VATICAN (CWN) -- During a visit to a Rome parish on Sunday, March 29, Pope John Paul II delivered a plea to all Christians: "Do not abandon young people who are in trouble."

      The Holy Father's request came during a visit to the parish of Jesus Adolescent, on the outskirts of Rome. That parish, founded in 1977, includes the site of a center for troubled young people which was founded at the close of World War II at the request of Pope Pius XII.

      In words of encouragement for that effort, the Pope remarked on the duty to provide education for the young, who represent "the future of humanity." He added that the time and resources devoted to their education and their Christian formation should be regarded as "a valuable investment for the good of the Church and of society." Unfortunately, he continued, 50 years after this particular center was founded, "there is no lack of young people in difficulty: without work, without points of reference, involved in minor crimes, or left idle-- with all the risks that come with a disoriented existence."

      After the Angelus prayer, the Pope repeated his message of concern for young people as he mentioned the preparations being made in Rome for the 18th World Youth Day, which will be observed around the world on Palm Sunday, April 5. He pointed out that the city of Rome is expecting to welcome thousands of youngsters from Italy and France for the ceremonies.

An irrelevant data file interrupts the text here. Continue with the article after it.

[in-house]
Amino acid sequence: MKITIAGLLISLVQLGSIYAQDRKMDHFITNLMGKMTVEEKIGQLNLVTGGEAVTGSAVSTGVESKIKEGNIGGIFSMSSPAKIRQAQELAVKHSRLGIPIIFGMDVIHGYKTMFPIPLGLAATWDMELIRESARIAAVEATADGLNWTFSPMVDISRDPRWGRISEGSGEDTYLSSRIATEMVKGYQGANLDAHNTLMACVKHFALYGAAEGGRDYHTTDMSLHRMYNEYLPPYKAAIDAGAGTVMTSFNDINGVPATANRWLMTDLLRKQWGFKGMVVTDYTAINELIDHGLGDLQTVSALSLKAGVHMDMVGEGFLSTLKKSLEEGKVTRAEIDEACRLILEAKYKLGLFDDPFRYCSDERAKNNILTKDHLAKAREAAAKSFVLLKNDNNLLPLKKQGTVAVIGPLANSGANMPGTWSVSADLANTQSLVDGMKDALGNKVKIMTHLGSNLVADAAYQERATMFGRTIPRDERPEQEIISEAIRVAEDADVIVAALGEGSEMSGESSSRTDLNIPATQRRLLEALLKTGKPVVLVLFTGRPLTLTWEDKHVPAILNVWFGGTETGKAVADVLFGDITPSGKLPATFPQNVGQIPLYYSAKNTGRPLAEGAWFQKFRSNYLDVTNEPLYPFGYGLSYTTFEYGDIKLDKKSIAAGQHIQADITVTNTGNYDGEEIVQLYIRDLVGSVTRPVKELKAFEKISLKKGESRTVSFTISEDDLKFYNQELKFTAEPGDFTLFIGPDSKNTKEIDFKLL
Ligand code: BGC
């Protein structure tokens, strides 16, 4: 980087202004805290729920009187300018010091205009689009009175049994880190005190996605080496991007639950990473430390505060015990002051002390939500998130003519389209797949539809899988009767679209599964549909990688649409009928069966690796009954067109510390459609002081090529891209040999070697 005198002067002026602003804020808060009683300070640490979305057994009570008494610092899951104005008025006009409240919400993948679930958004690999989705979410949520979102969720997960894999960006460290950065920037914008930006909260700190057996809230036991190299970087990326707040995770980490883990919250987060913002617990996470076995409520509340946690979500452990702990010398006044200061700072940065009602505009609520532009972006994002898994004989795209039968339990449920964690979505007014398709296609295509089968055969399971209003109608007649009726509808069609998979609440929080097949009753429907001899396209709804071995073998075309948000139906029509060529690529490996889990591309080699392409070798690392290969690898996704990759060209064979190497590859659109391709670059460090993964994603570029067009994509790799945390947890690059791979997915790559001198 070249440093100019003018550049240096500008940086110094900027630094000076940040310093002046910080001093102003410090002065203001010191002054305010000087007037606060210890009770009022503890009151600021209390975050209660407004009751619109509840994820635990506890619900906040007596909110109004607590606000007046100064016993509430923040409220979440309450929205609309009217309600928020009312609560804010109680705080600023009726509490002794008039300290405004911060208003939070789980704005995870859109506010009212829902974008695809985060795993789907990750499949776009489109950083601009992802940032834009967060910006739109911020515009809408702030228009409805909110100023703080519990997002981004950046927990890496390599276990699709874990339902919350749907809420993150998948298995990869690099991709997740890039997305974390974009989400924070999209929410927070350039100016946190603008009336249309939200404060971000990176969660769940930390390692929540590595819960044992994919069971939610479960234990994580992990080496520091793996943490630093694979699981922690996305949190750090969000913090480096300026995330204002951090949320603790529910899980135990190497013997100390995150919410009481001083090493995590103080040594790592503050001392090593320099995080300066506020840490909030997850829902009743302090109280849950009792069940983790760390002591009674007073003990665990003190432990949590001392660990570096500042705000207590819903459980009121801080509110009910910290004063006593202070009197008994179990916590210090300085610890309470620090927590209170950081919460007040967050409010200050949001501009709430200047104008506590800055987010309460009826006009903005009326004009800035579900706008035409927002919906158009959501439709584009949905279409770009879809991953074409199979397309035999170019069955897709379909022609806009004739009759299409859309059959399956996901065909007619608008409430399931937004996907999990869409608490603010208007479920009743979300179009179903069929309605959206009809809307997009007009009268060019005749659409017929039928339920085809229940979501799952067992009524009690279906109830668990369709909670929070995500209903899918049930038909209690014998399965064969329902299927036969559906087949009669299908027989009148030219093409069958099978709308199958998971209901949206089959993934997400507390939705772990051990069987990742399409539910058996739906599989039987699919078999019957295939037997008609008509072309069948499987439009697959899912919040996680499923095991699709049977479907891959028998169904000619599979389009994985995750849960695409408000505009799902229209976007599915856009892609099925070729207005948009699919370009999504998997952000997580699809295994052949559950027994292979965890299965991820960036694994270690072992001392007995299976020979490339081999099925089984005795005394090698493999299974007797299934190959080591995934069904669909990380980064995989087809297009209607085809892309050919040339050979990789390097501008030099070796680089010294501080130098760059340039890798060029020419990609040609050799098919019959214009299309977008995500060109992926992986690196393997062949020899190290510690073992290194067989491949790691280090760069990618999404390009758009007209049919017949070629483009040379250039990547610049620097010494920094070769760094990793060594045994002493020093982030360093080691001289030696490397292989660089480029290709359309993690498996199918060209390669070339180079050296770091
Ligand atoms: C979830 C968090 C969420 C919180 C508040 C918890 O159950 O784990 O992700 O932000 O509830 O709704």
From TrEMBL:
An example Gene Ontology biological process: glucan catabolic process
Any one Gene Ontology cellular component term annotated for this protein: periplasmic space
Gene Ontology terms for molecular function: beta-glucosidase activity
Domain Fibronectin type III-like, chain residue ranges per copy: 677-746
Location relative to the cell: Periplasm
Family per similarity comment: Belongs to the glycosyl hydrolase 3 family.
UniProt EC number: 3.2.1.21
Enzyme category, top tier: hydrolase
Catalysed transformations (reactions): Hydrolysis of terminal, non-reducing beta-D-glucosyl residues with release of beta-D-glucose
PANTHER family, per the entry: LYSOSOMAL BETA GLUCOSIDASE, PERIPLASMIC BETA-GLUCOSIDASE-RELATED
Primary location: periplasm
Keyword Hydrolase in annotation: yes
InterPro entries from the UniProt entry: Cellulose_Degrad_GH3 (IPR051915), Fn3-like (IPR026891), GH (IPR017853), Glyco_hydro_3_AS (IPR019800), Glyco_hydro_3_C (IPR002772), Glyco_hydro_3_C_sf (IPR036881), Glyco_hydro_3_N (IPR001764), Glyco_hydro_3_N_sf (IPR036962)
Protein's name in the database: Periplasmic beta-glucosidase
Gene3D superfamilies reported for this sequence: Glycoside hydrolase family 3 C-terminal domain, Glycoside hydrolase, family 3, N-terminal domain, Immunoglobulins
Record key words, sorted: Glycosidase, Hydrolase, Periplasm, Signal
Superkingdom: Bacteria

While speaking to the children of the parish, the Pope alluded to the approach of his own 80th birthday (which will occur May 18). "Youth is beautiful because it is a question of perspective," he said. "As I approach 80 years of age, is there another perspective? Yes: that of eternal life." He told them that this new perspective is also beautiful, because "By his Resurrection, Jesus Christ gave us the certainty that he has conquered death."

ACKNOWLEDGMENT:To subscribe to Catholic World News Service, available daily by e-mail, click here .

March 31, 1998 volume 9, no. 64         DAILY CATHOLIC